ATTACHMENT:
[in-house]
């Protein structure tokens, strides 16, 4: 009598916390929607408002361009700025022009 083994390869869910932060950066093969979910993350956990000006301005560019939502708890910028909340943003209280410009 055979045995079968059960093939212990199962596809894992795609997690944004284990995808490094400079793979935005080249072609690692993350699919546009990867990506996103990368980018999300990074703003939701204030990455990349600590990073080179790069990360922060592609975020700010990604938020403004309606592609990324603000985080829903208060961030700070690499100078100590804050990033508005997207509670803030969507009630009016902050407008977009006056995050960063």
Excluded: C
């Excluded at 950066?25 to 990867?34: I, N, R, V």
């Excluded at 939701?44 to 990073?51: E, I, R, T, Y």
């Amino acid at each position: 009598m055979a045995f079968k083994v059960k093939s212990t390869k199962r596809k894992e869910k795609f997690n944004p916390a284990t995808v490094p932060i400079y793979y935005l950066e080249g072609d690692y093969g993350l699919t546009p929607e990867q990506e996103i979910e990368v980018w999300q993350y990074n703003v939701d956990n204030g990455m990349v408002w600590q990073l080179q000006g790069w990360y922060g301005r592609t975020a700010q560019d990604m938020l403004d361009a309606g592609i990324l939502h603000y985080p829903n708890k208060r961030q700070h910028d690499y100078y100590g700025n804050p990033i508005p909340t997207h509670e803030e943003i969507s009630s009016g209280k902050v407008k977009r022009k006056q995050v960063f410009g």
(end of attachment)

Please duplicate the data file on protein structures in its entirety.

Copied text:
[in-house]
């Protein structure tokens, strides 16, 4: 009598916390929607408002361009700025022009 083994390869869910932060950066093969979910993350956990000006301005560019939502708890910028909340943003209280410009 055979045995079968059960093939212990199962596809894992795609997690944004284990995808490094400079793979935005080249072609690692993350699919546009990867990506996103990368980018999300990074703003939701204030990455990349600590990073080179790069990360922060592609975020700010990604938020403004309606592609990324603000985080829903208060961030700070690499100078100590804050990033508005997207509670803030969507009630009016902050407008977009006056995050960063």
Excluded: C
């Excluded at 950066?25 to 990867?34: I, N, R, V």
């Excluded at 939701?44 to 990073?51: E, I, R, T, Y």
């Amino acid at each position: 009598m055979a045995f079968k083994v059960k093939s212990t390869k199962r596809k894992e869910k795609f997690n944004p916390a284990t995808v490094p932060i400079y793979y935005l950066e080249g072609d690692y093969g993350l699919t546009p929607e990867q990506e996103i979910e990368v980018w999300q993350y990074n703003v939701d956990n204030g990455m990349v408002w600590q990073l080179q000006g790069w990360y922060g301005r592609t975020a700010q560019d990604m938020l403004d361009a309606g592609i990324l939502h603000y985080p829903n708890k208060r961030q700070h910028d690499y100078y100590g700025n804050p990033i508005p909340t997207h509670e803030e943003i969507s009630s009016g209280k902050v407008k977009r022009k006056q995050v960063f410009g």